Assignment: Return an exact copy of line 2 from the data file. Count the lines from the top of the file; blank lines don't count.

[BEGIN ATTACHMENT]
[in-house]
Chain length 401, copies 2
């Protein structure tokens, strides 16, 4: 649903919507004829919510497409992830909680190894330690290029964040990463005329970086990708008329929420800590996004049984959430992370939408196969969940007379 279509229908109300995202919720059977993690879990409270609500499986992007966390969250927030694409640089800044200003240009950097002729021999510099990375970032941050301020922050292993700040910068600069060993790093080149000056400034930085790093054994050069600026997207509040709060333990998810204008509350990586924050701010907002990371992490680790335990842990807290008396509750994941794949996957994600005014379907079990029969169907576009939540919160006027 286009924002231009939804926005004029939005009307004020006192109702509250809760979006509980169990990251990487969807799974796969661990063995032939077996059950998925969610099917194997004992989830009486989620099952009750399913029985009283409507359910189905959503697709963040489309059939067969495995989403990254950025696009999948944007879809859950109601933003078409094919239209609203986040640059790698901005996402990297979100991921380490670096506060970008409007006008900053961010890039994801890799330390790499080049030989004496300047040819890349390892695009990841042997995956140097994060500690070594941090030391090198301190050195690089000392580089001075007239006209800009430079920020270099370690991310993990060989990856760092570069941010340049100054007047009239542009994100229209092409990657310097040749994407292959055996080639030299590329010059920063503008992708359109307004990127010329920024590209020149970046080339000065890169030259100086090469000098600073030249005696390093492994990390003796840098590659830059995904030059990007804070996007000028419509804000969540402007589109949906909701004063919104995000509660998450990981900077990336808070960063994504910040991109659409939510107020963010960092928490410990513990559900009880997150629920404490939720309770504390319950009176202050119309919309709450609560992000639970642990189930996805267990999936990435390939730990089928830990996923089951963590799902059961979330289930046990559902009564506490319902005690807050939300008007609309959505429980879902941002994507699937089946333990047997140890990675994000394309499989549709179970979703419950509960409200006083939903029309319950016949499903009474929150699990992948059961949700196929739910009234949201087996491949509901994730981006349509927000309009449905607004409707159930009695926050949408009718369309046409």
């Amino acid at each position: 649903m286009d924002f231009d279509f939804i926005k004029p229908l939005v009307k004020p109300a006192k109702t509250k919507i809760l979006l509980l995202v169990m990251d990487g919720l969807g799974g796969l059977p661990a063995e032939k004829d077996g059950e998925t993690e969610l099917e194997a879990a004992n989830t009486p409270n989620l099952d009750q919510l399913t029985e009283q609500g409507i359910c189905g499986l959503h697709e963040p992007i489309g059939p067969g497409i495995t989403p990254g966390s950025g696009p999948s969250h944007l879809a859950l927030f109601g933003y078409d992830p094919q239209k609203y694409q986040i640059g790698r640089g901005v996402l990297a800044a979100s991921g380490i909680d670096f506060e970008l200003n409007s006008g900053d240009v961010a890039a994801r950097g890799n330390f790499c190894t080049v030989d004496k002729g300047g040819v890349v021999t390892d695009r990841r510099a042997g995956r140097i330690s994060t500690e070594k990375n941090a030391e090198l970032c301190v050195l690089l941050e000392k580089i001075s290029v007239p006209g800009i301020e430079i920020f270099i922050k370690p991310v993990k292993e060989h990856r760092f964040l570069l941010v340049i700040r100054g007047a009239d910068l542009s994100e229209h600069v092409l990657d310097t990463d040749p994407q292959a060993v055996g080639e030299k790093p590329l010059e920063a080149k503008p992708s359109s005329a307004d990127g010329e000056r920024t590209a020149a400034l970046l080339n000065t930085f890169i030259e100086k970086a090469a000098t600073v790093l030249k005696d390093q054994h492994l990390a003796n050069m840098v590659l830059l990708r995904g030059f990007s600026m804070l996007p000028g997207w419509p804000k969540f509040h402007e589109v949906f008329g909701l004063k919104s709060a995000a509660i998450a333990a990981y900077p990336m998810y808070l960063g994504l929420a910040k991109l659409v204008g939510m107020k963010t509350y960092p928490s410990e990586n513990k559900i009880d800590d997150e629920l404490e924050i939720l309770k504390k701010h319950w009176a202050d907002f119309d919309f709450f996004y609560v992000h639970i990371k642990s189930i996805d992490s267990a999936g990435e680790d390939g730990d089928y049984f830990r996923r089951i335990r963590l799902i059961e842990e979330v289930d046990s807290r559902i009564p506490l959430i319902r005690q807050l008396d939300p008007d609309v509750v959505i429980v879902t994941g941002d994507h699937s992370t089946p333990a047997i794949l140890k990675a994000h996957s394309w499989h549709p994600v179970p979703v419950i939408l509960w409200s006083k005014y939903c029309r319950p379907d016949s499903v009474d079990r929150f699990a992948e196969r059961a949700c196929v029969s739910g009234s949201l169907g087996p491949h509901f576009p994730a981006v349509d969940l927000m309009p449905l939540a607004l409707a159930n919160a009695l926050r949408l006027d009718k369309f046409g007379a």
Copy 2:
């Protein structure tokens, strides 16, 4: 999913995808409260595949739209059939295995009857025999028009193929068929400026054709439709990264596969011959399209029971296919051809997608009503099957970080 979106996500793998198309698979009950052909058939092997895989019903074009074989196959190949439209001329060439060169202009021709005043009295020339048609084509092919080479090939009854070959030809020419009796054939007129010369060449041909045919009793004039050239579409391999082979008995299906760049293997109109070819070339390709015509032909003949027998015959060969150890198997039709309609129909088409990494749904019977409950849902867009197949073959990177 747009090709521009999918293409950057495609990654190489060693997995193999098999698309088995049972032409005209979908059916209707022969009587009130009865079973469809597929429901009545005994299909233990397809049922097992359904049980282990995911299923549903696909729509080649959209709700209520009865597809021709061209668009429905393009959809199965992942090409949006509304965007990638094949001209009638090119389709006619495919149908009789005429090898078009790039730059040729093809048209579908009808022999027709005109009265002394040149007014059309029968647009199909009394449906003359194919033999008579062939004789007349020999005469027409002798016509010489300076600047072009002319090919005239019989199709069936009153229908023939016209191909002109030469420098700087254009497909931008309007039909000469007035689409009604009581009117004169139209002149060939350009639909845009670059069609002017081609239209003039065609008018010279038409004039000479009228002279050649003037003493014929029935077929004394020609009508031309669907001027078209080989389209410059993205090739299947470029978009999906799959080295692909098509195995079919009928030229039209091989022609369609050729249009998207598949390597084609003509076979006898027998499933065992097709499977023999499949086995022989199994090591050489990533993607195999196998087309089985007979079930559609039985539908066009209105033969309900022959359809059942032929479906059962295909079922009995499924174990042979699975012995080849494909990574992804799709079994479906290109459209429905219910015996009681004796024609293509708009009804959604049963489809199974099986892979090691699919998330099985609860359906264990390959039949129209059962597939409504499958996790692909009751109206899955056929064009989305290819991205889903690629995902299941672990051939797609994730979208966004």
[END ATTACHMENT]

Chain length 401, copies 2